EPA Bottled Water Health Series Booklet: Tap water or Bottle water?
Bottled water basics
Bottled water is the fastest growing drink choice in the United States, and Americans spend billions of dollars each year to buy it (Beverage Marketing Corporation, 2004) Some people drink bottled water as an alternative to other beverages; others drink it because they prefer its taste or think it is safer than their tap water. Whether it travels through a pipe to your home or comes packaged in a bottle, safe drinking water is essential to good health. All our drinking water comes from similar sources, either from sources we can see, such as rivers and lakes, or from sources we can’t see, such as underground aquifers. In the same way that tap water’s taste and quality may vary from place to place, so too does bottled water’s taste and quality vary among and even within brands. The taste and quality of both bottled water and tap water depend on the source and quality of the water, including its natural mineral content and how, or if, the water is treated.
Drinking water (both bottled and tap) can reasonably be expected to contain at least small amounts of some contaminants. The presence of contaminants does not necessarily indicate that the water poses a health risk. For example, minerals such as magnesium and calcium give water a distinctive flavor, and are essential to the body. At high levels, however, these and other contaminants, such as pesticides or microbes from human wastes, can cause adverse effects or illness. To make sure that all water is safe to drink, the U.S. Environmental Protection Agency (EPA) and the U.S. Food and Drug Administration (FDA) set drinking water standards. EPA sets standards for tap water provided by public water suppliers; FDA sets standards for bottled water based on EPA standards.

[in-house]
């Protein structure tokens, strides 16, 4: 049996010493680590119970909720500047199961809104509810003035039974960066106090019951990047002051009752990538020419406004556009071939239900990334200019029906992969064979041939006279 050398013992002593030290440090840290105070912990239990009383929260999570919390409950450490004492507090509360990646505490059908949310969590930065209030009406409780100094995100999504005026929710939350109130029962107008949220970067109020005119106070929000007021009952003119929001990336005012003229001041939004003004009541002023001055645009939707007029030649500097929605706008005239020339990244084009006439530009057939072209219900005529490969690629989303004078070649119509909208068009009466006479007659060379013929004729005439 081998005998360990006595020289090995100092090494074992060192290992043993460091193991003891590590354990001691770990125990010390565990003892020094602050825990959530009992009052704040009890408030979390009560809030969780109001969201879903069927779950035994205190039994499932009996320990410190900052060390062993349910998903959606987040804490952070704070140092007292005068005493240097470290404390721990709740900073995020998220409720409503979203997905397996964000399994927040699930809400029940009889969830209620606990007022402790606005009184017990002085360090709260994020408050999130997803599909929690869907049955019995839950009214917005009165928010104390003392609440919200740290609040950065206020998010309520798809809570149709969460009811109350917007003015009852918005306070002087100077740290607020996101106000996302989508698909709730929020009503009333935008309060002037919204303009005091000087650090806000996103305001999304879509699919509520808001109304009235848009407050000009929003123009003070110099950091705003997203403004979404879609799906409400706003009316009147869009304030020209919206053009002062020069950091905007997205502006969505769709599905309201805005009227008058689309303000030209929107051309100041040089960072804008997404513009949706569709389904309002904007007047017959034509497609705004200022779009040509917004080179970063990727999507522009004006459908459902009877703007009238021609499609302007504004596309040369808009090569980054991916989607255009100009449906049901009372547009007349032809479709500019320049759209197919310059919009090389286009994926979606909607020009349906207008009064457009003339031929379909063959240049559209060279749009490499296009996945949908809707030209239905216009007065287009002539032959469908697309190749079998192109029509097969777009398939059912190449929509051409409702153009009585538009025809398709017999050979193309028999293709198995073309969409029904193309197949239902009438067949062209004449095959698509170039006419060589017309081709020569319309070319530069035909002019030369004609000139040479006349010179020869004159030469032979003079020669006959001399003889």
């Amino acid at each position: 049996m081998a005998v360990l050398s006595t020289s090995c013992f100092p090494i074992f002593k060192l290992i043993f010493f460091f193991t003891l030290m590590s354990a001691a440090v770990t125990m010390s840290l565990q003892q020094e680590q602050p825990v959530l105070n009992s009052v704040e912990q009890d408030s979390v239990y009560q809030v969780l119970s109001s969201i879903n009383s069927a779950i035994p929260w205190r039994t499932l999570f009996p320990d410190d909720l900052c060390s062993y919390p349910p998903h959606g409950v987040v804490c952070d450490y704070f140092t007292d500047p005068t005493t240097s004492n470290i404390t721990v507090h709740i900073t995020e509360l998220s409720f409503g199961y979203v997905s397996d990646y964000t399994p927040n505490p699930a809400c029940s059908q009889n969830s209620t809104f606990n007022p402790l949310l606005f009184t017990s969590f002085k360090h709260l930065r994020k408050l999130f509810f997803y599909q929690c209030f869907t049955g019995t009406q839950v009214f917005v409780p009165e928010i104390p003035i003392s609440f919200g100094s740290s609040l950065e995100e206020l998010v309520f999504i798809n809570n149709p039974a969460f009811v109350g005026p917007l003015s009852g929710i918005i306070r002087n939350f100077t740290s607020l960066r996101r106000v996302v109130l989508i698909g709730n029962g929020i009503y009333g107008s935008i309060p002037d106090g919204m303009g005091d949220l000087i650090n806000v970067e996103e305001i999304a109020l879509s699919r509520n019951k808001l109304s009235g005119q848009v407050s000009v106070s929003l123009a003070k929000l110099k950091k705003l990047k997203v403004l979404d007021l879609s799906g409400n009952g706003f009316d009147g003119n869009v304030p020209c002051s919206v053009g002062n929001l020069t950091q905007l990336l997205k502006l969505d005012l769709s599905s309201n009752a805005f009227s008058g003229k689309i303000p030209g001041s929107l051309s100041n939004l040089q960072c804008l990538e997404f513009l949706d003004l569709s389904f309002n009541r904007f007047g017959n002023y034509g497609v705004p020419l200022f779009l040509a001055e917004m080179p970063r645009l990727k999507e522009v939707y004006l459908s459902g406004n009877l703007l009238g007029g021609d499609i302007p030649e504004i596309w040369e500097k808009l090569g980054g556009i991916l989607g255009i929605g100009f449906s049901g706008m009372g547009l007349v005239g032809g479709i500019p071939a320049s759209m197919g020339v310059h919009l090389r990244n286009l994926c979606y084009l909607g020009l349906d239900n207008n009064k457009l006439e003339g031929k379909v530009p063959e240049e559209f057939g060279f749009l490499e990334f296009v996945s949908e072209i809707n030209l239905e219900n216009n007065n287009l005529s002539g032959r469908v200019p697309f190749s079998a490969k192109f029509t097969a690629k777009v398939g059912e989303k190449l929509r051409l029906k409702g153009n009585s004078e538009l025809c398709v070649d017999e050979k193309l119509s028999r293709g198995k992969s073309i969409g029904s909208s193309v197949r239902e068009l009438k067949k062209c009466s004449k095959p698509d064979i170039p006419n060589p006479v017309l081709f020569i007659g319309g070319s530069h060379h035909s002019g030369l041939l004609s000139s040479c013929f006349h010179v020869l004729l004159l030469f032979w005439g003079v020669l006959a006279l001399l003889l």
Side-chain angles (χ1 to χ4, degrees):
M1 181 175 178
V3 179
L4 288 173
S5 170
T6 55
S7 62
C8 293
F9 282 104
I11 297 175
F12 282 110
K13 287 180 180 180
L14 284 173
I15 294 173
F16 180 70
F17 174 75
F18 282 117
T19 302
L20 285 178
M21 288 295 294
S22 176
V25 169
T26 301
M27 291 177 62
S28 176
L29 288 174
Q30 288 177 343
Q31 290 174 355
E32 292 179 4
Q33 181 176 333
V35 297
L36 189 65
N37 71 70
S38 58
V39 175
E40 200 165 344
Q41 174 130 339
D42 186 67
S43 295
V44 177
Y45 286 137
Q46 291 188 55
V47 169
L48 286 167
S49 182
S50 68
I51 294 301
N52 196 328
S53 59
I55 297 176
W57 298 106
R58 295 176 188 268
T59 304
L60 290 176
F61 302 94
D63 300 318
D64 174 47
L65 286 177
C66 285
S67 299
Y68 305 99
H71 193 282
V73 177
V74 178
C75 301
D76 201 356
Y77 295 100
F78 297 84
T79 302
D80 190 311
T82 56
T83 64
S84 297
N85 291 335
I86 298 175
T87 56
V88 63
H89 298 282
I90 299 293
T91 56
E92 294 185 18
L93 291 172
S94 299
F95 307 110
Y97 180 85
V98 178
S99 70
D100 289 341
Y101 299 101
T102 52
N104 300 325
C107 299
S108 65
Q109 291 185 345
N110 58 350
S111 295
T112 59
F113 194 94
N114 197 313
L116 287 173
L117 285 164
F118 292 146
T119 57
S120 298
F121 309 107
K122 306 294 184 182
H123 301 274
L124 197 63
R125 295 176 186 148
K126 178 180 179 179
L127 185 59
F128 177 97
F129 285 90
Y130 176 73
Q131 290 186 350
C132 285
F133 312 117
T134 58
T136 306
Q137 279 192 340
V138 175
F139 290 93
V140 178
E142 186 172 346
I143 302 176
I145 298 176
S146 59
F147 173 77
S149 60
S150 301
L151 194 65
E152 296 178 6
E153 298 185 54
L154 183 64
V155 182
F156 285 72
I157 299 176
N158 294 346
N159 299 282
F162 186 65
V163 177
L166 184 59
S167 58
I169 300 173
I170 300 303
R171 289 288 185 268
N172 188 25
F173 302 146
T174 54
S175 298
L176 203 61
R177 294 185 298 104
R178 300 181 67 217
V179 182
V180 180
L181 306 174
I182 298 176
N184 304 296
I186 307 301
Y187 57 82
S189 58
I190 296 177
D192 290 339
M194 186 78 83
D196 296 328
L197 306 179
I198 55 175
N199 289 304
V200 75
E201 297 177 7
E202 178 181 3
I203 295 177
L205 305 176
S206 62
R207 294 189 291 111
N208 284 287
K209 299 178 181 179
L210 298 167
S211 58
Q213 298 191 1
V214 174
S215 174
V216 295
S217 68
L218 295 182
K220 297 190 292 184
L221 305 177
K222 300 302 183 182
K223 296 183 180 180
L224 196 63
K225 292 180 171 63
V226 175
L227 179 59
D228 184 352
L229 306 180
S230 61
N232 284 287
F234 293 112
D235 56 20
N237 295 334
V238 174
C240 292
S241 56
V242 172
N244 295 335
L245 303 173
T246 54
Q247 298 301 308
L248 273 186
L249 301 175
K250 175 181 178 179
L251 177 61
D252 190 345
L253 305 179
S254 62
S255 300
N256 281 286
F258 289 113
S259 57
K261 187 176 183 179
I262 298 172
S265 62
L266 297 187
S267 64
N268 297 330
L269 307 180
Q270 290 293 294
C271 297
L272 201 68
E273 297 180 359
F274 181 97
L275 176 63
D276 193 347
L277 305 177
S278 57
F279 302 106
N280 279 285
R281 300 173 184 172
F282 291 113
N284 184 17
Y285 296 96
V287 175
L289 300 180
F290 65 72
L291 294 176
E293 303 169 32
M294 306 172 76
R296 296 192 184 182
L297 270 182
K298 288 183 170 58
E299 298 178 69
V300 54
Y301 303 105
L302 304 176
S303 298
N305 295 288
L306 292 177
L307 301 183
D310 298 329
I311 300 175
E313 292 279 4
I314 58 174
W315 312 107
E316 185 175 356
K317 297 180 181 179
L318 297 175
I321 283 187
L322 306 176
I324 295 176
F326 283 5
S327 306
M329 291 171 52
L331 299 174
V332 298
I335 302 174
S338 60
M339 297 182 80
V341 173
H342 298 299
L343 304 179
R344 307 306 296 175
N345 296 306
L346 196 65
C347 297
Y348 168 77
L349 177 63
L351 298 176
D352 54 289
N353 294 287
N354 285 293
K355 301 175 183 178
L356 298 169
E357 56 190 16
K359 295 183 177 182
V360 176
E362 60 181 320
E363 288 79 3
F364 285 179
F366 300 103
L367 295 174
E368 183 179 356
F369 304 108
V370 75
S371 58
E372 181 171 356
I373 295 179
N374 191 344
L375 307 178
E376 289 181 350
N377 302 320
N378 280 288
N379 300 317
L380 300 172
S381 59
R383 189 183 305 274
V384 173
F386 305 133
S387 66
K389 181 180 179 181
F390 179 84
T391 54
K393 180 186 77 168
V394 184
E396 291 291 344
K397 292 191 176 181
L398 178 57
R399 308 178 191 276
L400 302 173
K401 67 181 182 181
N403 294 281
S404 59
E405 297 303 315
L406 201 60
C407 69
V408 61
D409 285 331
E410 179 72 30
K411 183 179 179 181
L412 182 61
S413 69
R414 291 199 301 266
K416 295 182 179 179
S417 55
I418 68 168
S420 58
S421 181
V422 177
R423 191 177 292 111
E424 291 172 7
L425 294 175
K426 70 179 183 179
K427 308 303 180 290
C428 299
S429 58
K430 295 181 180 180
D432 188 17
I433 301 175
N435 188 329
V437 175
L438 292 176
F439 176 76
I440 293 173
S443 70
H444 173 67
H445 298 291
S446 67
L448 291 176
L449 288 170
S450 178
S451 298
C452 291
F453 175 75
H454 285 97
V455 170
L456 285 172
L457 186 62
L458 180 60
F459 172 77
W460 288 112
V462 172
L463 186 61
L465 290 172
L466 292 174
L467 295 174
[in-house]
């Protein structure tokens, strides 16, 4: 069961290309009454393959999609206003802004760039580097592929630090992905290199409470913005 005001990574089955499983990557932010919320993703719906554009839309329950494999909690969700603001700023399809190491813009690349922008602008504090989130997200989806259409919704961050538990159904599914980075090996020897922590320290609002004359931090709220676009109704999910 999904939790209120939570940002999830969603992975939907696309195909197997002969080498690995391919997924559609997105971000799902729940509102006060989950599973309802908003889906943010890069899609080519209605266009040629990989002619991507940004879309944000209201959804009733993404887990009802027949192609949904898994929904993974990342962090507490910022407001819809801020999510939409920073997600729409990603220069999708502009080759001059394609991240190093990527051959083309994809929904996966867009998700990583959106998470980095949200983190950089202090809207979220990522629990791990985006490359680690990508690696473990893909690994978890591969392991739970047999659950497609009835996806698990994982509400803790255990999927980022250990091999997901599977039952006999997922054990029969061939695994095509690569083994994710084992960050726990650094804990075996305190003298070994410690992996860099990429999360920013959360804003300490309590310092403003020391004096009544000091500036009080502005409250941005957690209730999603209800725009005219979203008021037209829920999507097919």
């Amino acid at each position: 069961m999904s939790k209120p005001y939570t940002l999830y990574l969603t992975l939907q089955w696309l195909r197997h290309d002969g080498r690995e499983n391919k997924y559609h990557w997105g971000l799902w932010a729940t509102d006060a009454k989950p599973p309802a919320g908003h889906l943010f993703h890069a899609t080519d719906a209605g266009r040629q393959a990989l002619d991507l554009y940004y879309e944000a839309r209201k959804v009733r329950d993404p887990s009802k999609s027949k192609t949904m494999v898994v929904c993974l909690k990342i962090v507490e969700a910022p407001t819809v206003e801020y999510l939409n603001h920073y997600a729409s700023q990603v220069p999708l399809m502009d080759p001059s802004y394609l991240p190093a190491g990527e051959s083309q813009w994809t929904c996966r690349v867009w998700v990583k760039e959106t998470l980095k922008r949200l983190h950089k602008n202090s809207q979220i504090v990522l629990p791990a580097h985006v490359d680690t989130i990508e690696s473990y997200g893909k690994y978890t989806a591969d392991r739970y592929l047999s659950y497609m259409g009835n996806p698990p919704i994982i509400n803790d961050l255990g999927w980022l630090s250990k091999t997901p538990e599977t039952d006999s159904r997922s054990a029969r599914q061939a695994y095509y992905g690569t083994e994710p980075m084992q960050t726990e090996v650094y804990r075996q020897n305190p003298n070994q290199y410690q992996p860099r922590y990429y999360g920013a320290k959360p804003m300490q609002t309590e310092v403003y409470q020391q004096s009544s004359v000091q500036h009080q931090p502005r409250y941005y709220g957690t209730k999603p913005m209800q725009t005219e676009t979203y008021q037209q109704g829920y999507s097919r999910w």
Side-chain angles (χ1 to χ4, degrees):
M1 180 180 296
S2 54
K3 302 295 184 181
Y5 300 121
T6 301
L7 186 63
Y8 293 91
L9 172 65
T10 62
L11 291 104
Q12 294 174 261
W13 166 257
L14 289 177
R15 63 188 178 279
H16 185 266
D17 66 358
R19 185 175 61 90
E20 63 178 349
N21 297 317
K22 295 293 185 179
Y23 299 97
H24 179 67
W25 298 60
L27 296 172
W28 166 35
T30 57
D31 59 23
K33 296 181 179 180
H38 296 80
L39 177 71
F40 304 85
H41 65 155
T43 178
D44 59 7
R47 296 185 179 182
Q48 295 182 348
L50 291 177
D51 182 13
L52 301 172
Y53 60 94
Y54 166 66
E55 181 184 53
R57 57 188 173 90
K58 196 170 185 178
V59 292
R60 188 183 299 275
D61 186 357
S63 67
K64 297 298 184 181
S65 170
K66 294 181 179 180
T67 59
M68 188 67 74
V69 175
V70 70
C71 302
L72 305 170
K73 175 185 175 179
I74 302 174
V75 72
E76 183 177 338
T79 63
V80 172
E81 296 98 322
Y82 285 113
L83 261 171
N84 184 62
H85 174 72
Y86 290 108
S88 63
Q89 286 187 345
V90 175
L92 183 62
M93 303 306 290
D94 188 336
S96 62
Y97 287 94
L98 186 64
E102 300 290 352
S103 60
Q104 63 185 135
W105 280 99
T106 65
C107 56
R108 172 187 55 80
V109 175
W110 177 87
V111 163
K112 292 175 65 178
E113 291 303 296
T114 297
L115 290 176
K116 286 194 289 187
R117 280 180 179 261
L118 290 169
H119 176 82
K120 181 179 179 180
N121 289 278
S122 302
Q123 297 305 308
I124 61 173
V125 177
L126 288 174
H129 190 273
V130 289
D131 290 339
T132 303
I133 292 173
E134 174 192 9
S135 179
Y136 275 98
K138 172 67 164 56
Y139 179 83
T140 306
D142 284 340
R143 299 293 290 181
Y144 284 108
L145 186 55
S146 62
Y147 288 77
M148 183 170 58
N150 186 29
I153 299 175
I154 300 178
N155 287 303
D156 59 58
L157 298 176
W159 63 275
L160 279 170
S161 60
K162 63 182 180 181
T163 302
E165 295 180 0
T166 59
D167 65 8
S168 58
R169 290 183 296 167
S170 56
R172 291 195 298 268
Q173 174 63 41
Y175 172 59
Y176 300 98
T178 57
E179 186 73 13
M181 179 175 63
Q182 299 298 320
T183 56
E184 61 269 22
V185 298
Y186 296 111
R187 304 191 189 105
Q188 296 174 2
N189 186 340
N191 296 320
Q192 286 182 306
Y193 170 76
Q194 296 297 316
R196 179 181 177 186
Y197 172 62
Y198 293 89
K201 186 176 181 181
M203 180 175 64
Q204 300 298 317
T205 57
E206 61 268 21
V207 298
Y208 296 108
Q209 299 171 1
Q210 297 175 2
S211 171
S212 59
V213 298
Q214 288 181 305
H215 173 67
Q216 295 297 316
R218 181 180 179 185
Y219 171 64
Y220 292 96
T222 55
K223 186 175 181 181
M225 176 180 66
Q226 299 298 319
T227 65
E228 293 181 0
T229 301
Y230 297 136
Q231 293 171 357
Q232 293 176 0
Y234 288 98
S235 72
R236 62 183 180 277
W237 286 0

Bottled water and tap water are both safe to drink if they meet these standards, although people with severely weakened immune systems or other specific health conditions may wish to further treat their water at home or purchase high quality bottled water.
FDA regulates bottled water as a packaged food under the Federal Food, Drug and Cosmetic Act and has established standards of identity and quality for bottled water. FDA has also established good manufacturing practice requirements for processing and bottling drinking water.
EPA encourages all Americans to learn more about the quality of their drinking water, both tap water and bottled water, before deciding whether to drink tap water, bottled water, or both. If your water comes from a public water system, the best way to learn more about tap water is to read your water supplier’s annual water quality report. If your water comes from a household well, EPA recommends testing the water regularly for bacteria, nitrates, and other contaminants. The best way to learn more about bottled water is to read its label, or contact the producer directly. Taste considerations Many people prefer bottled water because of its taste. The taste of all water has to do with the way it is treated and the quality of its source, including its natural mineral content. Most bottled water comes from a ground water source, where water quality varies less from day to day, or is treated and immediately bottled. Bottled water from a dedicated source or plant may have a more consistent taste than tap water, which mostly comes from surface sources and must travel through pipes to reach homes.